(c) Luger Research e.U. - 2018


WEBINAR, May 20th – Luxury Store Lighting 101: Innovation, Design, Sustainability

WEBINAR, May 20th – Luxury Store Lighting 101: Innovation, Design, Sustainability This webinar will discuss key aspects of lighting for store locations representing sophisticated retail brands. The focus will be given to the efficacy, quality, design and sustainability of a lighting scheme. The complete lighting supply chain is served by the webinar. Read more »


Precise Characterization of Infrared Sources

Precise Characterization of Infrared Sources The demand for IR measurement solutions has increased significantly in the recent years. IR LEDs and IR lasers such as VCSELs have enabled many new applications in the field of “IR sensing”, using the NIR range (800-1000 nm) but also higher wavelengths as 1380 nm. Measurement tasks range from 3D ... Read more »


Tiny and Powerful LUXEON Rubix LEDs Raise the Bar for CRI, Lumens, and Efficacy with Addition of Lime and PC Amber

Tiny and Powerful LUXEON Rubix LEDs Raise the Bar for  CRI, Lumens, and Efficacy with Addition of Lime and PC Amber Lumileds today introduced two new colors – PC Amber and Lime – for its very small and very powerful LUXEON Rubix LED portfolio. The 1.4 square millimeter footprint is almost pixel like and belies the light output that’s possible from this high-power LED. There are 6 color options plus white in the ... Read more »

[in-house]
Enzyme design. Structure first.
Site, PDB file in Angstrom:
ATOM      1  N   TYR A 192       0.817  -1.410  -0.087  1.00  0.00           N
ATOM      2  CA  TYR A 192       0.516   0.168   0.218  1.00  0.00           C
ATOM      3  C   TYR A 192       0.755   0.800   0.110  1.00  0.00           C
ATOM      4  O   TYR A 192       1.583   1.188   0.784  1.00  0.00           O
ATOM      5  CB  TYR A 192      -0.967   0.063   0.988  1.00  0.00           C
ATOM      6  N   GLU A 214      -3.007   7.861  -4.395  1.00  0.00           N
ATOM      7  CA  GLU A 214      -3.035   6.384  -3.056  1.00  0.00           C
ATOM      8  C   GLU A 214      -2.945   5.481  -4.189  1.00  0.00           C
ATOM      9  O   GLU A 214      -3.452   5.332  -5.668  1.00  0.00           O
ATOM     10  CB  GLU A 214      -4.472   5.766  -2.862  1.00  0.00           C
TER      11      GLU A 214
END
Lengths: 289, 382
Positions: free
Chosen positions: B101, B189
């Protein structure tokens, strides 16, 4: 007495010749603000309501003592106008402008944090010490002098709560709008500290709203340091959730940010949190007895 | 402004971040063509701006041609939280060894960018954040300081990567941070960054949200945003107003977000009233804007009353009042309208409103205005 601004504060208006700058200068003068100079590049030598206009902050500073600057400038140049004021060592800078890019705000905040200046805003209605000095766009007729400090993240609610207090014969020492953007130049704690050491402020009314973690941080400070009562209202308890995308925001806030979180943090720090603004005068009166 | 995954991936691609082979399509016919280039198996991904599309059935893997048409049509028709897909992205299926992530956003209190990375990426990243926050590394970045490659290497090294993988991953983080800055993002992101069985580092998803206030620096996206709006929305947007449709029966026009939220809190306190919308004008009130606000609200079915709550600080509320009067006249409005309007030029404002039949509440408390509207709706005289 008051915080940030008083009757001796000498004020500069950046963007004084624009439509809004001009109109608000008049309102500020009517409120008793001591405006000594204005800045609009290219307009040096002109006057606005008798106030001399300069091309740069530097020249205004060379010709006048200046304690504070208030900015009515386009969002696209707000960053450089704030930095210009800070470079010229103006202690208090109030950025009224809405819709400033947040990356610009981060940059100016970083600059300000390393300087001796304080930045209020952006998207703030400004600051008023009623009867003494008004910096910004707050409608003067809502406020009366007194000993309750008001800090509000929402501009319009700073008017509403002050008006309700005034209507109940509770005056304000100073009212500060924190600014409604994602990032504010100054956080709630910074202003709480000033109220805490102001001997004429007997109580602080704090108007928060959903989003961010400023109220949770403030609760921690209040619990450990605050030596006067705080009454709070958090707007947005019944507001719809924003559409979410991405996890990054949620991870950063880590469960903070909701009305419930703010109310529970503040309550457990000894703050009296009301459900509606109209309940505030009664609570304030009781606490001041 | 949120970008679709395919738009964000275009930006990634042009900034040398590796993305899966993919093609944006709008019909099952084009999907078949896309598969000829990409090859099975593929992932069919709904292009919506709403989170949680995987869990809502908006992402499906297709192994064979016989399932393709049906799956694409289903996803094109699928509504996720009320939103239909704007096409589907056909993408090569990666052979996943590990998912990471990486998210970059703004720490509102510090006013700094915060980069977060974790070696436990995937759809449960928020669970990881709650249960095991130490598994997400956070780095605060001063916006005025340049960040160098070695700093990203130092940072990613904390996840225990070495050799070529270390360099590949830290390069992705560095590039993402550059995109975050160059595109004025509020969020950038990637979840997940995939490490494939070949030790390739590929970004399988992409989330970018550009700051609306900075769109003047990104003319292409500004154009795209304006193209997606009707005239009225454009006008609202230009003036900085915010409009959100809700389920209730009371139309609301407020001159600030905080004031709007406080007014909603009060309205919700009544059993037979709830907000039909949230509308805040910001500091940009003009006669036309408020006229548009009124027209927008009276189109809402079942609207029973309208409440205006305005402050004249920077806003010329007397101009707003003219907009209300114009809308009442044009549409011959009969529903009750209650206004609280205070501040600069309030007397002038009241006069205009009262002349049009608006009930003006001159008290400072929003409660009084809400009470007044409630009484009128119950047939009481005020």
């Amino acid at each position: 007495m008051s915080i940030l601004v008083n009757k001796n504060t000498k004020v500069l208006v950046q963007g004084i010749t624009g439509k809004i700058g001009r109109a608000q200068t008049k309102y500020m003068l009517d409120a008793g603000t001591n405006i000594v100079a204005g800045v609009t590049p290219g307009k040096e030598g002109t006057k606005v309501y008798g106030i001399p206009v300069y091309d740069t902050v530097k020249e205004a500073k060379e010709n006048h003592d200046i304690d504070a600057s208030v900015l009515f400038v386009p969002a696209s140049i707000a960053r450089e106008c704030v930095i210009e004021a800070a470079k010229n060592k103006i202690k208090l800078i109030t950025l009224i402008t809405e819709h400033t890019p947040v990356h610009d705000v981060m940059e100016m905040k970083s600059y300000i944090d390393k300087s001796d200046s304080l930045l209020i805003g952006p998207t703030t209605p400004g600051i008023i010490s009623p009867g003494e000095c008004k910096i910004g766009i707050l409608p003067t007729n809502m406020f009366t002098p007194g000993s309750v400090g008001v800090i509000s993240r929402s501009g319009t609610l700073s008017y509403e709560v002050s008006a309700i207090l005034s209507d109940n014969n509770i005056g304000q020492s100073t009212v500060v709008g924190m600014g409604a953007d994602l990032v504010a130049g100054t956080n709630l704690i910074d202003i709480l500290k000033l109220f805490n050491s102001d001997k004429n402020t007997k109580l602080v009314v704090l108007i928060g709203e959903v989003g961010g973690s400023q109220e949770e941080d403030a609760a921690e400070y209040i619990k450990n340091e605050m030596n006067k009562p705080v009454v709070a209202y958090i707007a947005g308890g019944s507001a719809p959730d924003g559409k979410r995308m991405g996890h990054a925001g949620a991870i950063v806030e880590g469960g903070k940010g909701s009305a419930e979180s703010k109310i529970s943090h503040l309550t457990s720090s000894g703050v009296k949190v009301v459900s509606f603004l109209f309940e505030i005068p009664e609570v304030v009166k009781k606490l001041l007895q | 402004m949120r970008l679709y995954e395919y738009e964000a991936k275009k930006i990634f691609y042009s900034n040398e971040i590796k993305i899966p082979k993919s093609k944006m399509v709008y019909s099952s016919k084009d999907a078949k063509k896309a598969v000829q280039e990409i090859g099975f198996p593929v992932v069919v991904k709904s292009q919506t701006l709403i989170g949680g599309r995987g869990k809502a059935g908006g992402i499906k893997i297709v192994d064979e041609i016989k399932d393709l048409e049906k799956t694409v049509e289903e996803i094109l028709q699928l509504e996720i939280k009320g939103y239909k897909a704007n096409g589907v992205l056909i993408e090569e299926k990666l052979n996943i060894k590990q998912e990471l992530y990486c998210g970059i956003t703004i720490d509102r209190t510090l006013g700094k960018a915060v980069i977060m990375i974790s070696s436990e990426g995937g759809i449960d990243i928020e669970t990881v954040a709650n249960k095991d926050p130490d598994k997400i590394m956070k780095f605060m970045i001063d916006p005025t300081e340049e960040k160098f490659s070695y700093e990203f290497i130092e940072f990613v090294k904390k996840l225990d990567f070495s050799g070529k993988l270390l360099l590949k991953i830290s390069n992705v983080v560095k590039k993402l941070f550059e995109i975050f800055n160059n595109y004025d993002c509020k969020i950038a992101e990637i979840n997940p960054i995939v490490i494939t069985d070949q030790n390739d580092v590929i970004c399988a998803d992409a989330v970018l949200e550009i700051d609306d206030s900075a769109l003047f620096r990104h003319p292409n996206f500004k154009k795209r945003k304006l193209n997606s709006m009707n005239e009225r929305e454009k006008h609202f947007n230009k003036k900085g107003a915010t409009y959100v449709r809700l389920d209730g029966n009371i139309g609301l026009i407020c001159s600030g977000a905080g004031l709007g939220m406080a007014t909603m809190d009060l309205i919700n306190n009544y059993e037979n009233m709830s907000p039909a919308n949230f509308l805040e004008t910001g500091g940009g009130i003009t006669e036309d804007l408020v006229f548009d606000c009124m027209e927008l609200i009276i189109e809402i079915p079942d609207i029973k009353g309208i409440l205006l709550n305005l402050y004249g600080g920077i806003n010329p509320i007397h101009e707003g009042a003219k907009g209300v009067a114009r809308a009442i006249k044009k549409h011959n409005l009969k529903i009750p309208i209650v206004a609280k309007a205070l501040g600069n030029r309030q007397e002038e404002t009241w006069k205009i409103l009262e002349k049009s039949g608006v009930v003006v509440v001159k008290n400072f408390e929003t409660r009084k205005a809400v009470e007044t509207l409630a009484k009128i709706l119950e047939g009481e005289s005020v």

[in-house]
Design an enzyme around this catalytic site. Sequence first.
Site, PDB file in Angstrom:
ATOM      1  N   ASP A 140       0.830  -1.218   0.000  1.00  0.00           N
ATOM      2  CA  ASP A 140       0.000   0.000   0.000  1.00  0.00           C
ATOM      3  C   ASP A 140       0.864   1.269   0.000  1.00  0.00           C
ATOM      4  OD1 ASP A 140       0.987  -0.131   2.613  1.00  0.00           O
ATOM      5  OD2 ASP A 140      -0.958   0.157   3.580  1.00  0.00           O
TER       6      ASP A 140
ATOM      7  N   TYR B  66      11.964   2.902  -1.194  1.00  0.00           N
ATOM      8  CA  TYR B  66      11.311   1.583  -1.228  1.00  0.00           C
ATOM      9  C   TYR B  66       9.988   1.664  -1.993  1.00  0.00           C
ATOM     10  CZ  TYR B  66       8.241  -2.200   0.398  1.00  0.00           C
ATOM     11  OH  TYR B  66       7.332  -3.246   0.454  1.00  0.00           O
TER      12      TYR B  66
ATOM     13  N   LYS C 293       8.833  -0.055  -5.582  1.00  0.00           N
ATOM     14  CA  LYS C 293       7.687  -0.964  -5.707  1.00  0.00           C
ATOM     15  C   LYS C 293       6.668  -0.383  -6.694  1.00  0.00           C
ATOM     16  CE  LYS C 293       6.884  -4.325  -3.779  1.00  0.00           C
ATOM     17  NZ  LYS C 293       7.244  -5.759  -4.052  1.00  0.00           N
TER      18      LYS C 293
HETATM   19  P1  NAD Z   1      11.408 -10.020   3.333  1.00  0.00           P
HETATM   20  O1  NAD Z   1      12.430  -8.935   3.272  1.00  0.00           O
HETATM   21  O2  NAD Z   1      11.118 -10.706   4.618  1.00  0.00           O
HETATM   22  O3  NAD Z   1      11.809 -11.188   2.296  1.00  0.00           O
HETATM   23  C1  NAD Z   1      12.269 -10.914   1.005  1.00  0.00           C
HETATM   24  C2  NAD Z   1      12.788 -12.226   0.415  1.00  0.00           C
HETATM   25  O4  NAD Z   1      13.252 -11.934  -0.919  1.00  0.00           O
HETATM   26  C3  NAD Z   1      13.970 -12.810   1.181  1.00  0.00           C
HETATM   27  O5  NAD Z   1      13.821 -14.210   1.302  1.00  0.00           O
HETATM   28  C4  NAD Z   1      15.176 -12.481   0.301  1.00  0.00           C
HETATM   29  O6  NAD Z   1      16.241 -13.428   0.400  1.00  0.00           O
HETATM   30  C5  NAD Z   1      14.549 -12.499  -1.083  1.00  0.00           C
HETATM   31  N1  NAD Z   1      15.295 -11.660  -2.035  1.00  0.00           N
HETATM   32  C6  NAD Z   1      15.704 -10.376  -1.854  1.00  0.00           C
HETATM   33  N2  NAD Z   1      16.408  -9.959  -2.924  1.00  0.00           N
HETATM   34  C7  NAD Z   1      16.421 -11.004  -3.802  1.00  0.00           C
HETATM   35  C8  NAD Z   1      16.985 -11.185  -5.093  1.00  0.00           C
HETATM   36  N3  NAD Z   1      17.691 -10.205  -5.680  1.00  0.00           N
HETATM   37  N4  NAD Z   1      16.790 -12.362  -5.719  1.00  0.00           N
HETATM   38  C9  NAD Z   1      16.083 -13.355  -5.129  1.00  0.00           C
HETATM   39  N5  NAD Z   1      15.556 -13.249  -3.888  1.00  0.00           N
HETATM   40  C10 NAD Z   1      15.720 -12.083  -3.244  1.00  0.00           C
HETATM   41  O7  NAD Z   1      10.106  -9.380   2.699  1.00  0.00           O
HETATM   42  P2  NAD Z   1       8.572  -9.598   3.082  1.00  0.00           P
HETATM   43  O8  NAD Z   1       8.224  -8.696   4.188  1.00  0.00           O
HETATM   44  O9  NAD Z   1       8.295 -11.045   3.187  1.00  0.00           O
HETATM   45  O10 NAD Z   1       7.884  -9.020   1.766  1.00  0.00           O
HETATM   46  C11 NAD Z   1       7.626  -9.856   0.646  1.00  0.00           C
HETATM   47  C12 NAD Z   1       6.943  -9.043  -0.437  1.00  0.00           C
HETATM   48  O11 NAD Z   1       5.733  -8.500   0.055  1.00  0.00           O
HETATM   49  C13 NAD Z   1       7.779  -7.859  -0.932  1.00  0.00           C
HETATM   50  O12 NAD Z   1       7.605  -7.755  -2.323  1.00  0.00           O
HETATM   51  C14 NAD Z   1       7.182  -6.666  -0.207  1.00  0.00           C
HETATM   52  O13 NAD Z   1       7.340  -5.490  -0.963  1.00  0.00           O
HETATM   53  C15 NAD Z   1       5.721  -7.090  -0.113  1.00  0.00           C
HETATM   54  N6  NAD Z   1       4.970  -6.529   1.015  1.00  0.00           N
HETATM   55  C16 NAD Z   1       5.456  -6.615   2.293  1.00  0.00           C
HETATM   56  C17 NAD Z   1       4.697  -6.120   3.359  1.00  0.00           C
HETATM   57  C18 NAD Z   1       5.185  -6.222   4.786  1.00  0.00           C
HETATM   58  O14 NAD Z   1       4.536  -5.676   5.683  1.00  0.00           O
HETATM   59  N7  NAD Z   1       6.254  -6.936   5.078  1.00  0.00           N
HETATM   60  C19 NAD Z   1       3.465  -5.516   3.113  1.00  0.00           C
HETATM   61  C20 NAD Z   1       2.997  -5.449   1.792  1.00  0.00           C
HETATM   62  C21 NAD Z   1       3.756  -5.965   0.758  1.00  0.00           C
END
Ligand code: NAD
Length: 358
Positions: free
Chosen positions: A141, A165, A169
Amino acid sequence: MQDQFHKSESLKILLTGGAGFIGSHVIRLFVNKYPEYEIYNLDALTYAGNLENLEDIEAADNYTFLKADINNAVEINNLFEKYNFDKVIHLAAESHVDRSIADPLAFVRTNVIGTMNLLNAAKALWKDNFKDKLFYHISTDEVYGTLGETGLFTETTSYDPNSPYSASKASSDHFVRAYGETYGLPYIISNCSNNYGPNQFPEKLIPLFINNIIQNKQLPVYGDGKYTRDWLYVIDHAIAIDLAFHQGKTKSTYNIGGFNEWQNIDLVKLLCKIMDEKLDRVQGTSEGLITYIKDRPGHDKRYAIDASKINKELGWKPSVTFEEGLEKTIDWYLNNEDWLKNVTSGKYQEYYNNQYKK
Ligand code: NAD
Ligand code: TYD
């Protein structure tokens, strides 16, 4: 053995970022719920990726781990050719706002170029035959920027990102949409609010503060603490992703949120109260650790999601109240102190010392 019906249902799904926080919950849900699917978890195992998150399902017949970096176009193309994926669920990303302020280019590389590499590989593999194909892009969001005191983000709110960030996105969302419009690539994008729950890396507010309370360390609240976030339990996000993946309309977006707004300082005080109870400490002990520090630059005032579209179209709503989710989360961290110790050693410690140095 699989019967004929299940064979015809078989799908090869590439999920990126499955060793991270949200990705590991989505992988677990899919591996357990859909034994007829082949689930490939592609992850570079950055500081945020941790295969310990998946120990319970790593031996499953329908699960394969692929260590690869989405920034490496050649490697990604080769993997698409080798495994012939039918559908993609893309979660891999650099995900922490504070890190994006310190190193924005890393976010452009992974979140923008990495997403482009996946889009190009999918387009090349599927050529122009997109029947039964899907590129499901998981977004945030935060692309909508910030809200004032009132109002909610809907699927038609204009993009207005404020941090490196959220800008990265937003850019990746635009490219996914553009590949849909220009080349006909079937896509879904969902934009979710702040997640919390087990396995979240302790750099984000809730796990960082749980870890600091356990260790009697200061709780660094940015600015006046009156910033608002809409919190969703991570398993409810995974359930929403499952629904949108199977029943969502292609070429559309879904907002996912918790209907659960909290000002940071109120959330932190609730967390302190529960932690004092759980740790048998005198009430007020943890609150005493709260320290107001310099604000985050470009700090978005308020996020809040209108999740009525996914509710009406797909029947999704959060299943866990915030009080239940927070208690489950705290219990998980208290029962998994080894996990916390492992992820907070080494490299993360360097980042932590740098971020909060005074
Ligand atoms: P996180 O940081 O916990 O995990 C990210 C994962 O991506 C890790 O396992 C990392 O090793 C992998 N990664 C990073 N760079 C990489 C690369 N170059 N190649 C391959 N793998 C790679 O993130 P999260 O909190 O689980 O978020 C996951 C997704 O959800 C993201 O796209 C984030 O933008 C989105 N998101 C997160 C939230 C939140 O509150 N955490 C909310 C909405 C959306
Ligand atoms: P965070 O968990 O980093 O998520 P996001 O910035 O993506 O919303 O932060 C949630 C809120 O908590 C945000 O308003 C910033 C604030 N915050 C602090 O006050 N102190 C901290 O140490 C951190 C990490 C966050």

Cree LED Offers New RGBW LEDs for Architectural Illumination

Cree LED Offers New RGBW LEDs for Architectural Illumination Cree LED offers the broadest line of RGBW LEDs for architectural illumination. The market leading, upgraded CLQ6B, new CLW6A and CLR6A SMD LEDs are high performing 3 & 4 color LEDs. Read more »


WHITE PAPER: Measuring UVA & Violet LED Light Sources

WHITE PAPER: Measuring UVA & Violet LED Light Sources As the development of new UV LED sources continues at an ever-growing pace, so do the industrial applications that utilize them. UV LEDs are being put to work in various industrial processes, medical applications, and disinfection solutions. Efficient utilization of the UV radiation requires good ... Read more »